Abstract: In this talk I will present our work on PDE related problems and how integrating deep-learning can help achieve better results. We discuss the accelerating topic of physically-informed neural networks: a method for solving PDEs with neural networks. With this in mind, we present our work in this field and present two interesting variants of this method. Motivated by the physical experiment of acoustic waves propagating in an underwater homogeneous domain, we discuss the inverse problem: Simulating the physical experiment, we solve the acoustic wave equation and save the data at a small number of sensors over many time steps and given these sensor measurements we aim to find and identify the shape of an obstacle inside the domain. We cast it to a data-driven problem by building an image segmentation of the domain where the segment is an arbitrary polygon (the obstacle). We improve the model using a physically-informed loss term designed based on the wave equation. After that we switch to a completely different area - we discuss an explicit nonlinear numerical scheme for the 1D wave equation that remains stable when violating the CFL condition. We create a data-set based on a stable wave propagation process and train a network to infer a non-stable process. We incorporate a physically-informed loss term here as well to achieve better accuracy (lower deviation from the analytic solution) for our scheme.
February 18: Remi Cornaggia (Sorbonne University)
Title: Modeling and controlling dispersive waves in architected materials : second-order homogenization and topological optimization
We are interested in waves in two-phase periodic materials, whose phase distribution is to be optimized to obtain specific dispersive properties (typically, to maximize the dispersion in given directions of wave propagation).
The two-scale asymptotic homogenization procedure will first be recalled. In particular, the second-order asymptotic expansion enables to model the low-frequency dispersive behavior of waves in these media. Illustratrations will be given for bilaminates in 1D, for which we designed correctors for boundary and transmission conditions, that complement the wave model to obtain an overall second-order approximation in bounded domains .
The topological optimization algorithm  will then be presented for scalar waves in 2D media (e.g. acoustic or antiplane shear waves). First, simple dispersion indicators are extracted from the homogenized model. Cost functionals to be minimized to achieve certain goals are then defined using these indicators. The minimization is then performed thanks to an iterative algorithm, which relies on the concept of topological derivative (TD) of the cost functional. The TD quantifies the sensitivity of the functional to a localized phase change in the unit cell, and therefore indicates optimal locations where to perform these phase changes. The TD of the cost functionnal can be computed from the TDs of the coefficients of the homogenized model, whose expressions were determined in a previous work . At each step, the cell problems underlying the homogenized model, whose solutions are needed to compute the TDs, are solved thanks to FFT-accelerated solvers .
Two applications of the method will be presented: maximizing the dispersion in given directions, and determining the microstructure of an architected material from phase velocity measurements.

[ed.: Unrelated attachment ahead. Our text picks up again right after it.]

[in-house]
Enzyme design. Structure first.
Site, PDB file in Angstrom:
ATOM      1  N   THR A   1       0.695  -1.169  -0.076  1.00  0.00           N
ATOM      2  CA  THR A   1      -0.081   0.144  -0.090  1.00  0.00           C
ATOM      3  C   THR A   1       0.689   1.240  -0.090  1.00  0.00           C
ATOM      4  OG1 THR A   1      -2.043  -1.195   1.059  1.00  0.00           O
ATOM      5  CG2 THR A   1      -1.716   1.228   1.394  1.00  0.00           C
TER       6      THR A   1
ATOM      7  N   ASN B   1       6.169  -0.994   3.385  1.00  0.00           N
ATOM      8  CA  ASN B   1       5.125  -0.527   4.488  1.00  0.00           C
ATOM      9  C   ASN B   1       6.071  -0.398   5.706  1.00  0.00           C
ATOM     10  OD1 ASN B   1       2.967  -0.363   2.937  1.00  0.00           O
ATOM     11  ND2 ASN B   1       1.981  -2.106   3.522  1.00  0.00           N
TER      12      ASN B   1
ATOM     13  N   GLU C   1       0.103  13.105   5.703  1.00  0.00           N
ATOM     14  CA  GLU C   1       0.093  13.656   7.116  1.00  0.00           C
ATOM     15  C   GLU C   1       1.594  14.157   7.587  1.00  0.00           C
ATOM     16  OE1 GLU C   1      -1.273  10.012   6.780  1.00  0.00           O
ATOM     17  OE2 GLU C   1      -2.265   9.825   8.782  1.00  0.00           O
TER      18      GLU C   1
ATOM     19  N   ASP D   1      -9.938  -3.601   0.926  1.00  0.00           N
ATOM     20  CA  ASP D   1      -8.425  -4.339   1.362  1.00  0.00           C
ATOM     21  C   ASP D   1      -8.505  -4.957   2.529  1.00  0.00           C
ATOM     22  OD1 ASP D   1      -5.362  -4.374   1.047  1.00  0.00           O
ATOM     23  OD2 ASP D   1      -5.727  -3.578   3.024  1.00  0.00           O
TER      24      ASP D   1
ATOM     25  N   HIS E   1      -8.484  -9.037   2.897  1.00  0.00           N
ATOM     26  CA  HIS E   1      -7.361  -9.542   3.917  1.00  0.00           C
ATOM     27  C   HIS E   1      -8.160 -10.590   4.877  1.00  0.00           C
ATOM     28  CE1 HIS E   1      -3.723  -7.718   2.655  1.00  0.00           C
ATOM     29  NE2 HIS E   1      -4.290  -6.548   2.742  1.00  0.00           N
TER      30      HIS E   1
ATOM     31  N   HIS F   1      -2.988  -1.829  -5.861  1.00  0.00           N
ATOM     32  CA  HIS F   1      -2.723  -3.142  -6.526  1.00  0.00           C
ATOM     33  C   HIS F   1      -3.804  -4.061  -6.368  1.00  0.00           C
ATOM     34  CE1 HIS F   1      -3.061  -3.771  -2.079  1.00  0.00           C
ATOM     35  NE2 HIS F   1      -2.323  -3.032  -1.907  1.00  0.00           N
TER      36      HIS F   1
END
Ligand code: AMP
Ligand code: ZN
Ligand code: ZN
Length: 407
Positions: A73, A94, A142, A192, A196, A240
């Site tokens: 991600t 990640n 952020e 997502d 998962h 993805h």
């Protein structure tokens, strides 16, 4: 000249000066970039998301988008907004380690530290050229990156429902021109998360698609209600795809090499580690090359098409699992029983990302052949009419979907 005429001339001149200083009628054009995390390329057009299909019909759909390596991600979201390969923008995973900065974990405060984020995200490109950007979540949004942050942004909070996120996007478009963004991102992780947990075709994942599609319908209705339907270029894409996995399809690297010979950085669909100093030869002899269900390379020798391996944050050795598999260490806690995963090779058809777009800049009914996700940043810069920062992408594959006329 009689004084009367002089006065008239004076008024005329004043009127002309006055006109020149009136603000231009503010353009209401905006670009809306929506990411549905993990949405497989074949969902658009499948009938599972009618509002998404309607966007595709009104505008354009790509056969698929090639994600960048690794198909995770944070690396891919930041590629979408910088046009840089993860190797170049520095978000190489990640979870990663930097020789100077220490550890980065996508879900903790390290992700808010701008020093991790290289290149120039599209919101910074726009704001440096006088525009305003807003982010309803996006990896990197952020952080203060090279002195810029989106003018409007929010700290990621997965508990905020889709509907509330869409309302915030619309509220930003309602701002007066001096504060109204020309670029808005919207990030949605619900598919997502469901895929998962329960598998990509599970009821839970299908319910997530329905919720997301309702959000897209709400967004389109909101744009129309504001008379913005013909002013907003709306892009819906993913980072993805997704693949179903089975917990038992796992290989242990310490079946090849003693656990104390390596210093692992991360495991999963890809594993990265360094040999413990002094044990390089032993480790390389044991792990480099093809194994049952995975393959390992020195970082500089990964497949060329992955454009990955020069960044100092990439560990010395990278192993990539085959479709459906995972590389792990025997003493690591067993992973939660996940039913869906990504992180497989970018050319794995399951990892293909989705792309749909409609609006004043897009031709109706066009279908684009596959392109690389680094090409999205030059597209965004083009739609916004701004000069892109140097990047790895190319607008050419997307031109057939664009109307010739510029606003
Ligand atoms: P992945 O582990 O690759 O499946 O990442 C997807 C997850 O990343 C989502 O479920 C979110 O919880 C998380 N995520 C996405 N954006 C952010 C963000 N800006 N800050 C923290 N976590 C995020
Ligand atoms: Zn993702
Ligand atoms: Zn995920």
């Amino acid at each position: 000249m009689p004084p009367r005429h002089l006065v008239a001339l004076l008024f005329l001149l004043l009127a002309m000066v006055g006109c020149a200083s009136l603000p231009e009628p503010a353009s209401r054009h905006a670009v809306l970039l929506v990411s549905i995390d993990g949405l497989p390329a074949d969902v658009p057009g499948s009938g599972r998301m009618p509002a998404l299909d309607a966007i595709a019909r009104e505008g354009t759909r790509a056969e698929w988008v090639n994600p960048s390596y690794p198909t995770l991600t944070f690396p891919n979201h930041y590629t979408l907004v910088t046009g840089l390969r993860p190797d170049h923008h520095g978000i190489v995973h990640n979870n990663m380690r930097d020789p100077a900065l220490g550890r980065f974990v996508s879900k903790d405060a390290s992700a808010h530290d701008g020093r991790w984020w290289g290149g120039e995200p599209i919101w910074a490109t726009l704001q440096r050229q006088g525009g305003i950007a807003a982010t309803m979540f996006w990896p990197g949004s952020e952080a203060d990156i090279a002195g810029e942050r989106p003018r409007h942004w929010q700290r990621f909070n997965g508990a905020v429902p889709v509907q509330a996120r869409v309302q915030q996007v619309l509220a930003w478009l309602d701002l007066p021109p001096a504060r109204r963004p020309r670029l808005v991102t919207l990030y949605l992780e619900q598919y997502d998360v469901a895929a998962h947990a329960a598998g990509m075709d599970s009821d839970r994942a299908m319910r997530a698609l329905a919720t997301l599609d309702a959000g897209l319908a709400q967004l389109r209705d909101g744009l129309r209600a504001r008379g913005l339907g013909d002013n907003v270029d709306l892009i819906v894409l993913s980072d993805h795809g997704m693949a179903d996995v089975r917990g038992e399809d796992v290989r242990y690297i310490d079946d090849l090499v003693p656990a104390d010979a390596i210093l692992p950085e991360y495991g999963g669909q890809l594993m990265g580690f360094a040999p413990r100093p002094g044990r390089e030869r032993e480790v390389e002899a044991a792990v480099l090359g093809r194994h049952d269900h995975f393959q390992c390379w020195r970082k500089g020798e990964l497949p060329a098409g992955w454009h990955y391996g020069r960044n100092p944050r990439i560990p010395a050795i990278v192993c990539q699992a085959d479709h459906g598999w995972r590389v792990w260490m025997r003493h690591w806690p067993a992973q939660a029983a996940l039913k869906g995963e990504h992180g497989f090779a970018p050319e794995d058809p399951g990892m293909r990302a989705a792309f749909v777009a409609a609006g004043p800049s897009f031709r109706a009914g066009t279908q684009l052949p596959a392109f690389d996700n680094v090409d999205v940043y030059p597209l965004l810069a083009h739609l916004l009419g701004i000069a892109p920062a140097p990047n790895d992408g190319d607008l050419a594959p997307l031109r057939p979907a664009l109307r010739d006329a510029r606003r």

Second-order homogenization of boundary and transmission conditions for one-dimensional waves in periodic media,
Remi Cornaggia and Bojan B. Guzina, International Journal of Solids and Structures, 2020
 Tuning effective dynamical properties of periodic media by FFT-accelerated topological optimization,
Rémi Cornaggia, Cédric Bellis, International Journal for Numerical Methods in Engineering, 2020
 Microstructural topological sensitivities of the second-order macroscopic model for waves in periodic media.
Marc Bonnet, Rémi Cornaggia and Bojan B. Guzina, SIAM Journal on Applied Mathematics, 2018
 A numerical method for computing the overall response of nonlinear composites with complex microstructure,
Hervé Moulinec et Pierre Suquet, Computer Methods in Applied Mechanics and Engineering, 1998
(files of [1,2,3] available on HAL : https://cv.archives-ouvertes.fr/remi-cornaggia )
March 4: No seminar due to the Conference SIAM CSE
March 18: Pedro Gonzalez Rodriguez (Universidad Carlos III de Madrid)
Title: Solving the Helmholtz equation using RBF-FD
Abstract: In this talk I am going to explain the RBF-FD method starting from the basic RBF interpolation and finishing with the use of polyharmonic splines combined with polynomials. Finally I will apply it to solve the Helmholtz equation and show some results.
April 8 :
Benjamin Latham (UC Merced)
Title: Finite element methods for 3D plasmonic problems
Cory McCullough (UC Merced)
Title: Near-Field Acoustic Scattering by Sound Hard Spheres
April 22: Elsie Cortes (UC Merced)
Title: Modeling Scattering Problems for Multilayered Media
May 6: Imaging and Sensing journal club
For the Fall 2020 semester, seminars will take place on Thursdays from 10:30am to 11:30am via Zoom.
September 3: Sean Horan (UCM)
Title: Double Spherical Harmonics And The Radiative Transport Equation
September 17: Arnold Kim (UCM)
Title: Direct and inverse scattering of extended objects
Both the direct and inverse scattering problems for extended objects are challenging problems. In this talk, I discuss the method of fundamental solutions for the direct scattering problem and signal subspace methods for the inverse scattering problem. The key to both of these methods is knowing the fundamental solution of the governing PDE. I will show some recent results for propagating waves and diffuse waves and discuss some ongoing research going on in the Sensing and Imaging SMaRT team.
Title: Green’s function for nonimaging optics
Abstract: Nonimaging optics has application to designing solar energy concentrators and illumination engineering. In this talk, I will discuss how nonimaging optics can be described in the context of radiative transfer theory. The radiative transport equation reduces to a local transport equation, whose solution can be expressed in terms of a Green’s function. This new formalism may be useful for nonimaging designs.
October 15: Stéphanie Chaillat-Loseille (UMA, ENSTA ParisTech)
Title: Recent advances on the preconditioning of 3D fast Boundary Element Solvers for 3D acoustics and elastodynamics